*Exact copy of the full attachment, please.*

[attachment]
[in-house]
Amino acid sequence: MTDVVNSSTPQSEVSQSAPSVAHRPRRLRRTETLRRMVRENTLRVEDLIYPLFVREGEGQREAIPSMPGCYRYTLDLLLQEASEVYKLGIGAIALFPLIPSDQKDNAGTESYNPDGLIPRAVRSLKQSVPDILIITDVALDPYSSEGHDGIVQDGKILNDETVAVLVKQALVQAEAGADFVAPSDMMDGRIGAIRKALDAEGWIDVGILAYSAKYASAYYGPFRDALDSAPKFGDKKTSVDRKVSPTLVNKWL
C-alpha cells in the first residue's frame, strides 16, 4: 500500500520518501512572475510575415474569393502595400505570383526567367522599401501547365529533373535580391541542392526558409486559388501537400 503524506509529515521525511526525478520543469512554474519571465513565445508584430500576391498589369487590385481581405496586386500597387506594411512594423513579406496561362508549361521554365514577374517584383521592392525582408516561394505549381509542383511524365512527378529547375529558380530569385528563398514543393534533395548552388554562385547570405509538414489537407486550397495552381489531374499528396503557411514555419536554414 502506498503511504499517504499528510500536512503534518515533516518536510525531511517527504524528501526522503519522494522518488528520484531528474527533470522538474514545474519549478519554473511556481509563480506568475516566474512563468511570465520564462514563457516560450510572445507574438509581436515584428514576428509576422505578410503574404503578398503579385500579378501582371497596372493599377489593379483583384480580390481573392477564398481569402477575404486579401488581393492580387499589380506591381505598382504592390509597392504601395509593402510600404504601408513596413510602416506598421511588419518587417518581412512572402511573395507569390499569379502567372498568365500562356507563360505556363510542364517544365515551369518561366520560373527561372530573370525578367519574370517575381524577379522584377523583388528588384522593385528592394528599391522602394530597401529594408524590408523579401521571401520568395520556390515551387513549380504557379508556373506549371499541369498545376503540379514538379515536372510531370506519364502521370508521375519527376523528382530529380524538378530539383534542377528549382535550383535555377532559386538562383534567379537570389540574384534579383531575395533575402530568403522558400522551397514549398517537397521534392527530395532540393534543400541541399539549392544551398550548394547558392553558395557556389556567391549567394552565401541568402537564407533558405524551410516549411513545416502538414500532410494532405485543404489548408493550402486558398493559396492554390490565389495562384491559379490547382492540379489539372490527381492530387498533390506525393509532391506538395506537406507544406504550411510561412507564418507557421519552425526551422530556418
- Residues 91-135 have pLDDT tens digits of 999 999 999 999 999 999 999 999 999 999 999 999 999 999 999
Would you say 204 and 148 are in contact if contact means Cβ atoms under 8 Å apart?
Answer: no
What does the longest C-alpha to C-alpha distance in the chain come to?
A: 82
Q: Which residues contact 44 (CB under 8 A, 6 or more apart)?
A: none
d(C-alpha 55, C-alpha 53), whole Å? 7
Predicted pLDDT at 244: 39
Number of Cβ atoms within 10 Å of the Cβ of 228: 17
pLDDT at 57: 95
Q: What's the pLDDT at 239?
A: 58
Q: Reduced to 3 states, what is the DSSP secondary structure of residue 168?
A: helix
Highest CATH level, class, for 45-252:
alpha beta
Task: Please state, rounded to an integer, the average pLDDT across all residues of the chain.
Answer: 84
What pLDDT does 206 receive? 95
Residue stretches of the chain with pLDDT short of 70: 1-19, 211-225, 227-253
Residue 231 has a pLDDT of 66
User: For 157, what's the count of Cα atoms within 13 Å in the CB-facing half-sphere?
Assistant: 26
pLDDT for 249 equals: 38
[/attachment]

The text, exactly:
[in-house]
Amino acid sequence: MTDVVNSSTPQSEVSQSAPSVAHRPRRLRRTETLRRMVRENTLRVEDLIYPLFVREGEGQREAIPSMPGCYRYTLDLLLQEASEVYKLGIGAIALFPLIPSDQKDNAGTESYNPDGLIPRAVRSLKQSVPDILIITDVALDPYSSEGHDGIVQDGKILNDETVAVLVKQALVQAEAGADFVAPSDMMDGRIGAIRKALDAEGWIDVGILAYSAKYASAYYGPFRDALDSAPKFGDKKTSVDRKVSPTLVNKWL
C-alpha cells in the first residue's frame, strides 16, 4: 500500500520518501512572475510575415474569393502595400505570383526567367522599401501547365529533373535580391541542392526558409486559388501537400 503524506509529515521525511526525478520543469512554474519571465513565445508584430500576391498589369487590385481581405496586386500597387506594411512594423513579406496561362508549361521554365514577374517584383521592392525582408516561394505549381509542383511524365512527378529547375529558380530569385528563398514543393534533395548552388554562385547570405509538414489537407486550397495552381489531374499528396503557411514555419536554414 502506498503511504499517504499528510500536512503534518515533516518536510525531511517527504524528501526522503519522494522518488528520484531528474527533470522538474514545474519549478519554473511556481509563480506568475516566474512563468511570465520564462514563457516560450510572445507574438509581436515584428514576428509576422505578410503574404503578398503579385500579378501582371497596372493599377489593379483583384480580390481573392477564398481569402477575404486579401488581393492580387499589380506591381505598382504592390509597392504601395509593402510600404504601408513596413510602416506598421511588419518587417518581412512572402511573395507569390499569379502567372498568365500562356507563360505556363510542364517544365515551369518561366520560373527561372530573370525578367519574370517575381524577379522584377523583388528588384522593385528592394528599391522602394530597401529594408524590408523579401521571401520568395520556390515551387513549380504557379508556373506549371499541369498545376503540379514538379515536372510531370506519364502521370508521375519527376523528382530529380524538378530539383534542377528549382535550383535555377532559386538562383534567379537570389540574384534579383531575395533575402530568403522558400522551397514549398517537397521534392527530395532540393534543400541541399539549392544551398550548394547558392553558395557556389556567391549567394552565401541568402537564407533558405524551410516549411513545416502538414500532410494532405485543404489548408493550402486558398493559396492554390490565389495562384491559379490547382492540379489539372490527381492530387498533390506525393509532391506538395506537406507544406504550411510561412507564418507557421519552425526551422530556418
- Residues 91-135 have pLDDT tens digits of 999 999 999 999 999 999 999 999 999 999 999 999 999 999 999
Would you say 204 and 148 are in contact if contact means Cβ atoms under 8 Å apart?
Answer: no
What does the longest C-alpha to C-alpha distance in the chain come to?
A: 82
Q: Which residues contact 44 (CB under 8 A, 6 or more apart)?
A: none
d(C-alpha 55, C-alpha 53), whole Å? 7
Predicted pLDDT at 244: 39
Number of Cβ atoms within 10 Å of the Cβ of 228: 17
pLDDT at 57: 95
Q: What's the pLDDT at 239?
A: 58
Q: Reduced to 3 states, what is the DSSP secondary structure of residue 168?
A: helix
Highest CATH level, class, for 45-252:
alpha beta
Task: Please state, rounded to an integer, the average pLDDT across all residues of the chain.
Answer: 84
What pLDDT does 206 receive? 95
Residue stretches of the chain with pLDDT short of 70: 1-19, 211-225, 227-253
Residue 231 has a pLDDT of 66
User: For 157, what's the count of Cα atoms within 13 Å in the CB-facing half-sphere?
Assistant: 26
pLDDT for 249 equals: 38